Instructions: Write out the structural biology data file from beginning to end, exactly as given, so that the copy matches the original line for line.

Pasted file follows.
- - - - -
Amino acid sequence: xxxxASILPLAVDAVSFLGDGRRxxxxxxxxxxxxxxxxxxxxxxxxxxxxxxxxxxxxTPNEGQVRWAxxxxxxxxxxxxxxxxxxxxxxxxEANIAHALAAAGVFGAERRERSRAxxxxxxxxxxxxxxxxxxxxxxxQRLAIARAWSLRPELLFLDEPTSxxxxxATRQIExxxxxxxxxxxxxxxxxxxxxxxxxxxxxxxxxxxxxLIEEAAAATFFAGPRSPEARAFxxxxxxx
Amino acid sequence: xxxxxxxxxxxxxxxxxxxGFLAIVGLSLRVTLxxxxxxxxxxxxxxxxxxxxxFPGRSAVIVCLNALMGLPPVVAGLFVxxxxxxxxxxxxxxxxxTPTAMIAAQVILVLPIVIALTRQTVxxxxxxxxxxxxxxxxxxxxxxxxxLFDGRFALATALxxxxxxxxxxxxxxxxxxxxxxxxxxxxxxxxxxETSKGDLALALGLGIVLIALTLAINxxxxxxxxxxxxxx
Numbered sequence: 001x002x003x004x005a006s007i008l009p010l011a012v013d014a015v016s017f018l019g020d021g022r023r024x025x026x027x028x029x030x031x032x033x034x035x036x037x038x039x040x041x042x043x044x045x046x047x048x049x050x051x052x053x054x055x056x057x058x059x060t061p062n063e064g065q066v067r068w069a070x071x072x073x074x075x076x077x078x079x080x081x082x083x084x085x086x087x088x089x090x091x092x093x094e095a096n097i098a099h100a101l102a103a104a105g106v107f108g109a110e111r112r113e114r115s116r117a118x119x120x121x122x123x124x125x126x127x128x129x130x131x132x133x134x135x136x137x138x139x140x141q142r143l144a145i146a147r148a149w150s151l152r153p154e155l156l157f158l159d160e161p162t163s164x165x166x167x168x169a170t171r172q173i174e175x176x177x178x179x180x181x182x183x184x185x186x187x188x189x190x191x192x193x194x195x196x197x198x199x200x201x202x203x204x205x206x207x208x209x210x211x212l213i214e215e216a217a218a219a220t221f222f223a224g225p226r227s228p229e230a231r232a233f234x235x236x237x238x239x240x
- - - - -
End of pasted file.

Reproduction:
Amino acid sequence: xxxxASILPLAVDAVSFLGDGRRxxxxxxxxxxxxxxxxxxxxxxxxxxxxxxxxxxxxTPNEGQVRWAxxxxxxxxxxxxxxxxxxxxxxxxEANIAHALAAAGVFGAERRERSRAxxxxxxxxxxxxxxxxxxxxxxxQRLAIARAWSLRPELLFLDEPTSxxxxxATRQIExxxxxxxxxxxxxxxxxxxxxxxxxxxxxxxxxxxxxLIEEAAAATFFAGPRSPEARAFxxxxxxx
Amino acid sequence: xxxxxxxxxxxxxxxxxxxGFLAIVGLSLRVTLxxxxxxxxxxxxxxxxxxxxxFPGRSAVIVCLNALMGLPPVVAGLFVxxxxxxxxxxxxxxxxxTPTAMIAAQVILVLPIVIALTRQTVxxxxxxxxxxxxxxxxxxxxxxxxxLFDGRFALATALxxxxxxxxxxxxxxxxxxxxxxxxxxxxxxxxxxETSKGDLALALGLGIVLIALTLAINxxxxxxxxxxxxxx
Numbered sequence: 001x002x003x004x005a006s007i008l009p010l011a012v013d014a015v016s017f018l019g020d021g022r023r024x025x026x027x028x029x030x031x032x033x034x035x036x037x038x039x040x041x042x043x044x045x046x047x048x049x050x051x052x053x054x055x056x057x058x059x060t061p062n063e064g065q066v067r068w069a070x071x072x073x074x075x076x077x078x079x080x081x082x083x084x085x086x087x088x089x090x091x092x093x094e095a096n097i098a099h100a101l102a103a104a105g106v107f108g109a110e111r112r113e114r115s116r117a118x119x120x121x122x123x124x125x126x127x128x129x130x131x132x133x134x135x136x137x138x139x140x141q142r143l144a145i146a147r148a149w150s151l152r153p154e155l156l157f158l159d160e161p162t163s164x165x166x167x168x169a170t171r172q173i174e175x176x177x178x179x180x181x182x183x184x185x186x187x188x189x190x191x192x193x194x195x196x197x198x199x200x201x202x203x204x205x206x207x208x209x210x211x212l213i214e215e216a217a218a219a220t221f222f223a224g225p226r227s228p229e230a231r232a233f234x235x236x237x238x239x240x